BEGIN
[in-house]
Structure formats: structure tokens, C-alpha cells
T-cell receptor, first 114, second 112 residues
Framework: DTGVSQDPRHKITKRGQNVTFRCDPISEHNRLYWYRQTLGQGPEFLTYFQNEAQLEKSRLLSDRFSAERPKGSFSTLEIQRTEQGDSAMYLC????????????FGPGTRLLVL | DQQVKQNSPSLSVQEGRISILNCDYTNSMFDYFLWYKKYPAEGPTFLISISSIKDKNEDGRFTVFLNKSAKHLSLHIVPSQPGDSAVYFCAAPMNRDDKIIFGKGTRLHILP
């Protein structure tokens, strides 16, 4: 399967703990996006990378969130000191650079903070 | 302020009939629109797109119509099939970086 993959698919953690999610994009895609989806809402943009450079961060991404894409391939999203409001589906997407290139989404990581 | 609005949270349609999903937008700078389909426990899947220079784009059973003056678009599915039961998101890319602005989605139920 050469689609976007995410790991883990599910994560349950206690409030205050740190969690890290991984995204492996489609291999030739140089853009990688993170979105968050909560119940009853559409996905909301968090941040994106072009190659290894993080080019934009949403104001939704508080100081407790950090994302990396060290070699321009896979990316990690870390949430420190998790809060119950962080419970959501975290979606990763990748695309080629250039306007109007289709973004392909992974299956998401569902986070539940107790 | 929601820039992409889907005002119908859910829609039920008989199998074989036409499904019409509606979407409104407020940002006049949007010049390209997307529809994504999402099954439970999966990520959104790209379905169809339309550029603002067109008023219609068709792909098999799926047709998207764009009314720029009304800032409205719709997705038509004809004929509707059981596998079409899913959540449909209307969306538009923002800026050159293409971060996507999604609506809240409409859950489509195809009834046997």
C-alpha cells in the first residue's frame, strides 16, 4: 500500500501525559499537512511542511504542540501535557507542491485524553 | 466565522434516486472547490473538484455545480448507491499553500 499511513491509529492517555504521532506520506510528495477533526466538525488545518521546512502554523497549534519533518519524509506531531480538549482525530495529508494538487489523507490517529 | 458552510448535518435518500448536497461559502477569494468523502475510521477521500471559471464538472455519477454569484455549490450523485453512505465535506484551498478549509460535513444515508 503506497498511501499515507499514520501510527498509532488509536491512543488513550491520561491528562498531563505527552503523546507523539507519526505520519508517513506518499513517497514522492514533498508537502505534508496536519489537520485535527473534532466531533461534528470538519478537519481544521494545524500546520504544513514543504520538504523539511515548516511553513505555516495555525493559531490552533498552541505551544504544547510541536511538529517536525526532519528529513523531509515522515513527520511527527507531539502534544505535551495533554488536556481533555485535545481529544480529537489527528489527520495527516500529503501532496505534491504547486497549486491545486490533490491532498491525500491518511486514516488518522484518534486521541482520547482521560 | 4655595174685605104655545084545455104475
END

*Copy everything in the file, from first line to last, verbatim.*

[in-house]
Structure formats: structure tokens, C-alpha cells
T-cell receptor, first 114, second 112 residues
Framework: DTGVSQDPRHKITKRGQNVTFRCDPISEHNRLYWYRQTLGQGPEFLTYFQNEAQLEKSRLLSDRFSAERPKGSFSTLEIQRTEQGDSAMYLC????????????FGPGTRLLVL | DQQVKQNSPSLSVQEGRISILNCDYTNSMFDYFLWYKKYPAEGPTFLISISSIKDKNEDGRFTVFLNKSAKHLSLHIVPSQPGDSAVYFCAAPMNRDDKIIFGKGTRLHILP
């Protein structure tokens, strides 16, 4: 399967703990996006990378969130000191650079903070 | 302020009939629109797109119509099939970086 993959698919953690999610994009895609989806809402943009450079961060991404894409391939999203409001589906997407290139989404990581 | 609005949270349609999903937008700078389909426990899947220079784009059973003056678009599915039961998101890319602005989605139920 050469689609976007995410790991883990599910994560349950206690409030205050740190969690890290991984995204492996489609291999030739140089853009990688993170979105968050909560119940009853559409996905909301968090941040994106072009190659290894993080080019934009949403104001939704508080100081407790950090994302990396060290070699321009896979990316990690870390949430420190998790809060119950962080419970959501975290979606990763990748695309080629250039306007109007289709973004392909992974299956998401569902986070539940107790 | 929601820039992409889907005002119908859910829609039920008989199998074989036409499904019409509606979407409104407020940002006049949007010049390209997307529809994504999402099954439970999966990520959104790209379905169809339309550029603002067109008023219609068709792909098999799926047709998207764009009314720029009304800032409205719709997705038509004809004929509707059981596998079409899913959540449909209307969306538009923002800026050159293409971060996507999604609506809240409409859950489509195809009834046997």
C-alpha cells in the first residue's frame, strides 16, 4: 500500500501525559499537512511542511504542540501535557507542491485524553 | 466565522434516486472547490473538484455545480448507491499553500 499511513491509529492517555504521532506520506510528495477533526466538525488545518521546512502554523497549534519533518519524509506531531480538549482525530495529508494538487489523507490517529 | 458552510448535518435518500448536497461559502477569494468523502475510521477521500471559471464538472455519477454569484455549490450523485453512505465535506484551498478549509460535513444515508 503506497498511501499515507499514520501510527498509532488509536491512543488513550491520561491528562498531563505527552503523546507523539507519526505520519508517513506518499513517497514522492514533498508537502505534508496536519489537520485535527473534532466531533461534528470538519478537519481544521494545524500546520504544513514543504520538504523539511515548516511553513505555516495555525493559531490552533498552541505551544504544547510541536511538529517536525526532519528529513523531509515522515513527520511527527507531539502534544505535551495533554488536556481533555485535545481529544480529537489527528489527520495527516500529503501532496505534491504547486497549486491545486490533490491532498491525500491518511486514516488518522484518534486521541482520547482521560 | 4655595174685605104655545084545455104475